∀xAx(Dx . Cx)      All A’s are D’s and C’s

∀xAx(Dx v Cx)   All A’s are  either D’s or C’s

∃xAx               Some things are A/ Something is an A

∃x(Bx . Cx)  Some B’s are C’s

∃x(Bx –>Cx)    Some B’s are C’s

x is put by the existential quantifier and the upper case descriptive variables because x signifies the actual object in discussion.

∃x(Bx v Cx)      Some things are B’s or C’s

∃!x(Bx –>Cx)  Exactly 1 B is a C

∃!xFx              Exactly one thing is an F

Predicate based logic is best learned by learning to take English and turning it into a predicate based logic expression and taking the expressions and making scenarios to fit them.

Heres a few from English to predicate logic:

1)   All people are good or bad

2) All things are created.

3)   All whales are not fish.

4)  Some people are schizophrenic

5)  Most people are men or women

6) Exactly one reptile has white scales and a blue tongue

7) If some things are good, then some things are bad

8) Some things are finite, therefore at least one thing is infinite

9) If all things come into existence, then all will come out of existence.

10) All birds are blue, therefore a jaybird is blue.

Do n0t scroll down anymore if you want to figure out the above 10 questions. All of the answers are below this sentence.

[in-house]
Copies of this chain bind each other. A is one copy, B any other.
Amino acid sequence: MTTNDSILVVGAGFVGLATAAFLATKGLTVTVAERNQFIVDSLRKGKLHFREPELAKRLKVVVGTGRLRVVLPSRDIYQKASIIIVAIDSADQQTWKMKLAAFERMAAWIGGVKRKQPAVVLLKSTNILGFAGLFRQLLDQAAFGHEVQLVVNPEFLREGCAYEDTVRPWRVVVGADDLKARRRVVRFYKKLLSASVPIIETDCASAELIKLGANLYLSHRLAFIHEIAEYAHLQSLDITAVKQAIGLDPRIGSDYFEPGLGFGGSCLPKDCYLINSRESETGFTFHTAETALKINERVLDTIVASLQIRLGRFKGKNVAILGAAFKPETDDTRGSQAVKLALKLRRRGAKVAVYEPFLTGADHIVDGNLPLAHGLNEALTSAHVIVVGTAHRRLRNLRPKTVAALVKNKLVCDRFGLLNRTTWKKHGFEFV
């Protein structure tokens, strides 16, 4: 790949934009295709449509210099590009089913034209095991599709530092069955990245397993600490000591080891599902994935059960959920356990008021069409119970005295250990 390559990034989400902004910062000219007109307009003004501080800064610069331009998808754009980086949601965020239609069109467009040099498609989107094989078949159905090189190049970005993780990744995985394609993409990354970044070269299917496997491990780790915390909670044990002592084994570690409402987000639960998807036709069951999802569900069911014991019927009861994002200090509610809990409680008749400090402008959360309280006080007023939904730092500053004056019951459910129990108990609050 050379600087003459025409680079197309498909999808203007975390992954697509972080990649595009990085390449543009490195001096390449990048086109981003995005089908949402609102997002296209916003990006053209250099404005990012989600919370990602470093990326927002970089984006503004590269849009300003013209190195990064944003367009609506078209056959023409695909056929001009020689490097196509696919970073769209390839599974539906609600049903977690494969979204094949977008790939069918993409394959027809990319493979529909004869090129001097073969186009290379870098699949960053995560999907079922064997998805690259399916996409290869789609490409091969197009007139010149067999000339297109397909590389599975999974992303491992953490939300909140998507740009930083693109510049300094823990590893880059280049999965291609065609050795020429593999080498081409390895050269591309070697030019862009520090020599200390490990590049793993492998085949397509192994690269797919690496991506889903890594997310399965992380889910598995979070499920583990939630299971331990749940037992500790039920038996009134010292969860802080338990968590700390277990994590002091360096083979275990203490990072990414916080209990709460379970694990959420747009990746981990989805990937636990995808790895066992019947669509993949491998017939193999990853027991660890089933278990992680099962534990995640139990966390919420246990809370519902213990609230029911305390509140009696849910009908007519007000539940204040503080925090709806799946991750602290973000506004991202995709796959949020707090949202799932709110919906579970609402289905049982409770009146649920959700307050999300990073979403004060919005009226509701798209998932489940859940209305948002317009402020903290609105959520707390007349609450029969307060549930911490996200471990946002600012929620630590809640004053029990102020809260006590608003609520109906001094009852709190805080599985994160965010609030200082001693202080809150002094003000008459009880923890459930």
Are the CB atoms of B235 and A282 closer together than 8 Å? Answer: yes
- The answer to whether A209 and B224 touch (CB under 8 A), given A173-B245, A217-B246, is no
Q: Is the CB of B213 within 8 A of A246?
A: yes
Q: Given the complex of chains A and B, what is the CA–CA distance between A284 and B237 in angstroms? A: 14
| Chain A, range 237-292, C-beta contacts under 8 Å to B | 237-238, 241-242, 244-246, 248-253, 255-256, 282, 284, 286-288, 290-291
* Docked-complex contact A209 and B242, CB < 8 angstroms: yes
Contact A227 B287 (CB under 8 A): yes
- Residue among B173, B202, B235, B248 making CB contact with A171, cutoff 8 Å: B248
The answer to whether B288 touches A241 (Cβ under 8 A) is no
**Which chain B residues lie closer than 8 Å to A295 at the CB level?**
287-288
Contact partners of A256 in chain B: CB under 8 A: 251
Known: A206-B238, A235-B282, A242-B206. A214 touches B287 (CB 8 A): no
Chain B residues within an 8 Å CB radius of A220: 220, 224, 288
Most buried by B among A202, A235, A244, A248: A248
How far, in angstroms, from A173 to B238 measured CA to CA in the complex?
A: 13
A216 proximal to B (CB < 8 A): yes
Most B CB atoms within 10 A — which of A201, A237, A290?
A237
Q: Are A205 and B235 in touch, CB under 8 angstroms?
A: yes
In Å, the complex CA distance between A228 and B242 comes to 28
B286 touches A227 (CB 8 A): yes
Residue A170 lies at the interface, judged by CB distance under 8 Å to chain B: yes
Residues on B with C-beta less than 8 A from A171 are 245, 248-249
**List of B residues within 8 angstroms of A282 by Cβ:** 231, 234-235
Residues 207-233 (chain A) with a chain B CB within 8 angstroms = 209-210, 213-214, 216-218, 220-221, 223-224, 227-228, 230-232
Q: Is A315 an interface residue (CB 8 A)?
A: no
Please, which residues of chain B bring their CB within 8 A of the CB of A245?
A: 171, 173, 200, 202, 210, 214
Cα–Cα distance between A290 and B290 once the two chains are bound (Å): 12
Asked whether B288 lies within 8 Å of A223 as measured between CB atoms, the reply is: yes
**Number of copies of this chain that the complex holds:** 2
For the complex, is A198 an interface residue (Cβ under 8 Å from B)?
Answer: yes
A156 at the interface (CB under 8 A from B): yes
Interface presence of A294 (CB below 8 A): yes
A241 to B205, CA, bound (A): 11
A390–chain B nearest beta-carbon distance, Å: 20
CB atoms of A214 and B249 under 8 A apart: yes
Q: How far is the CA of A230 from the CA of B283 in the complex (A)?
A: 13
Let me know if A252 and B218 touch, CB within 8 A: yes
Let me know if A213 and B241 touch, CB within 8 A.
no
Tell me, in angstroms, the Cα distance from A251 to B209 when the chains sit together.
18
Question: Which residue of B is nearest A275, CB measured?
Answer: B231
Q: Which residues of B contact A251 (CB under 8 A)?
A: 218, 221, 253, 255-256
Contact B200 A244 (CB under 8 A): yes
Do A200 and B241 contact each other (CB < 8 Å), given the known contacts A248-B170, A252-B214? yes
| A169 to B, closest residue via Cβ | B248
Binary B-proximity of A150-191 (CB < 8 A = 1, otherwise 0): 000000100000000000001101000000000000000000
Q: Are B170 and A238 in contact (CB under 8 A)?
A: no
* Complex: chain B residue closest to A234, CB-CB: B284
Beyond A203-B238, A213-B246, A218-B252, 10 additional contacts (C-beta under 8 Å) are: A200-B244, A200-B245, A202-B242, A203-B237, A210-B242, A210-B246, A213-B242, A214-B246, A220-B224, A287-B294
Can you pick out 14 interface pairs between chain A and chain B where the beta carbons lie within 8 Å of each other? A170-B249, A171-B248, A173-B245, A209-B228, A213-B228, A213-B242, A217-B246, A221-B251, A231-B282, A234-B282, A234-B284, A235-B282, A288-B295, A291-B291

Answers: random variables are assigned to random things

1) ∀xPx(Gx v Bx)

2) ∀x(Ex –> Cx)

3) ∀x( Wx –> ~Fx)

4) ∃x( Px –> Sx)

5)  ∃xPx( Mx v Wx)

6) ∃!xRx( Wx . Bx)

7) ∃x( Gx ⊃ Bx)

8) ∃x( Fx ⊢ Ix)

9) ∀x( Ix ⊃ Ox)

10) ∀xBx(Blx ⊢ Jbx)

I think In logic that you should be able to put lowercase letters next to your uppercase variables so thats what I did for #10. B signifies birds, Bl signifies blue  and Jb signifies jaybirds and blue.  The variable B was already used so I picked variables with extra letters. Is that okay  to do ? I think so.

Lets do that process vice versa

I will give a predicate logic expression and  you  figure out some scenarios that fit the expression.

1)  ∀xMx( (Px v Qx)⊃ ~Zx)

2) ∃!x(Px –> Yx)

3)∃xAx( (Bx . Qx) ⊃ ~( Bx . Px))

Okay so 1 and 3 might be a little difficult but 2 is easy. Heres my scenarios for these logical expressions:

1) If all men (Mx) are either stupid (Px) or shallow (Qx), then all men are not compassionate ( ~Zx ).

2) Exactly one North American colubrid snake (Px) is venomous (Yx).

3)  In some shoes (Ax), if a shoe is sporty (Bx) and girlie (Qx), then the shoe cannot be sporty (Bx) and high heeled (Px)

More examples of truth tables, sentential logic, predicate logic, and going from English to logic expressions coming to the ~F Logic page on this site.